Yet every strong month of hiring undermines arguments from Republicans that Obama has failed to deliver on promises to pull the economy out of recession. Since the beginning of December, the country has added 734,000 jobs, the strongest three months of pure job growth since the Great Recession.
Obama has highlighted the U.S. economy's addition of 429,000 manufacturing jobs during the past two years, touring factories in Wisconsin, Washington state and North Carolina in recent weeks. The United States lost 2.2 million manufacturing jobs in the two years before that.
Political calculations are not far from the surface in these trips — Virginia is expected to be a major election battleground later this year, and the Houston fundraisers added to the president's campaign bankroll. Though the end of January, Obama's campaign and the Democratic Party have raised about $250 million.
In Virginia, Obama promoted a $1 billion plan to create a network of up to 15 regional institutes to create partnerships among private industry, universities and community colleges and government. He also announced a $45 million pilot program that would show the type of potential collaboration among academia and industry.
In Texas, Obama was raising campaign cash among supporters who live in a reliably Republican state. Jimmy Carter, in 1976, was the last Democratic presidential candidate to carry Texas, but changing demographics and an influx in Hispanic voters have given Democrats hopes of competing in the state beyond the 2012 elections.

Powers urge Iran to open army site to IAEA inspectors

VIENNA (Reuters) - Six world powers demanded Iran keep its promise to let international inspectors visit a military installation where the U.N. nuclear watchdog believes explosives tests geared to developing atomic bombs may have taken place.
The joint call was an unusual show of unity among the powers on Iran before a planned revival of high-level talks as well as widening disquiet about the nature of Tehran's nuclear ambitions, with Israel threatening last-ditch military action.
Iran's Supreme Leader Ayatollah Ali Khamenei welcomed comments by U.S. President Barack Obama about a diplomatic "window of opportunity" offered by the talks, but said Washington's simultaneous moves to "bring the Iranian people to their knees" with sanctions were driven by delusion.
Heaping pressure on Iran to come clean, the United States, Russia, China, Britain, France and Germany used a U.N. nuclear watchdog governors' meeting on Thursday to urge Tehran to grant prompt access to its Parchin military facility.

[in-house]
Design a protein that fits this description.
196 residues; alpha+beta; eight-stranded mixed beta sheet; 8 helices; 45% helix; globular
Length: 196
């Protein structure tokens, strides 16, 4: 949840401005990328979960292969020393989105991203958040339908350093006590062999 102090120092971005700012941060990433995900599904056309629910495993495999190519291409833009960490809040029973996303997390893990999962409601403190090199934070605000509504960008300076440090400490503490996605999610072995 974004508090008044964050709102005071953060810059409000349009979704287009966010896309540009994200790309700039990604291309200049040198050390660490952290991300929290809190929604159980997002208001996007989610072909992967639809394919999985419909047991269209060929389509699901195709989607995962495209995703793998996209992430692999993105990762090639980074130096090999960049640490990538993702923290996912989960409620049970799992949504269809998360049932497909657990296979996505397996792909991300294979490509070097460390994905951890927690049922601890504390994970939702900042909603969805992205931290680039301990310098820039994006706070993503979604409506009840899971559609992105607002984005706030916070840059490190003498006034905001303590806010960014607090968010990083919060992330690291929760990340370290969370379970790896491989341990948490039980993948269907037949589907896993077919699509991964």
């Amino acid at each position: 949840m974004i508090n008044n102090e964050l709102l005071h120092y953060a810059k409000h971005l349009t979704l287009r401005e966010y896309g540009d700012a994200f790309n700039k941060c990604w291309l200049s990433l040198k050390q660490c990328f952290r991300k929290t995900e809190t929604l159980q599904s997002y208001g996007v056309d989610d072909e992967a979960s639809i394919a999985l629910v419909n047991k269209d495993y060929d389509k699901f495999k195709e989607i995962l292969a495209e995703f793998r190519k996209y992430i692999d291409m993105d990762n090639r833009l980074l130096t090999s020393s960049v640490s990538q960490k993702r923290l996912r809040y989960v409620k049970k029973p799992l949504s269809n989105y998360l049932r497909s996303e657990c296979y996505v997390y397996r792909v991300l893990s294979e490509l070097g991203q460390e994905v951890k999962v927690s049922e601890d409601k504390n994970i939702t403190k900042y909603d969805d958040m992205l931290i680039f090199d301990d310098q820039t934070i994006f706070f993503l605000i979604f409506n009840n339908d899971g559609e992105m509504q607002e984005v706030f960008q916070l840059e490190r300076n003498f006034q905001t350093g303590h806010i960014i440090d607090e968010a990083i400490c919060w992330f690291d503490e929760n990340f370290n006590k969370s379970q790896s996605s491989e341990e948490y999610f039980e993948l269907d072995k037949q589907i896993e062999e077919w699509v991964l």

They voiced concern that no deal was reached between Iran and International Atomic Energy Agency (IAEA) inspectors at talks in January and February, "including on the access to relevant sites in Iran, requested by the agency ... We urge Iran to fulfill its undertaking to grant access to Parchin."
The message was reinforced by a remarkably blunt statement from IAEA director Yukiya Amano accusing Tehran of seeking to "tie our hands" and restrict inspectors during their last two rounds of meetings.
His deputy Herman Nackaerts told Thursday's closed session of the IAEA board of governors session, according to one participant: "Due to major differences between Iran and the agency, agreement could not be reached."
Nackaerts, the IAEA's chief safeguards inspector, said it had information from satellite pictures showing "the precise location where we believe an explosive chamber is situated".
Iran media reports this week suggested a visit to Parchin might still be granted but the IAEA said on Thursday Tehran had not contacted it formally about any trip.
Iran's IAEA ambassador, Ali Asghar Soltanieh, told reporters outside the board meeting that the suspicions aired about Parchin were "childish" and "ridiculous". He did not elaborate.
GETTING RID OF TELLTALE EVIDENCE?
Western diplomats briefed by a senior IAEA official last week said Iran might be delaying an inspectors' trip to Parchin so that it could first clear away evidence of research with high explosives tests relevant to designing a nuclear bomb.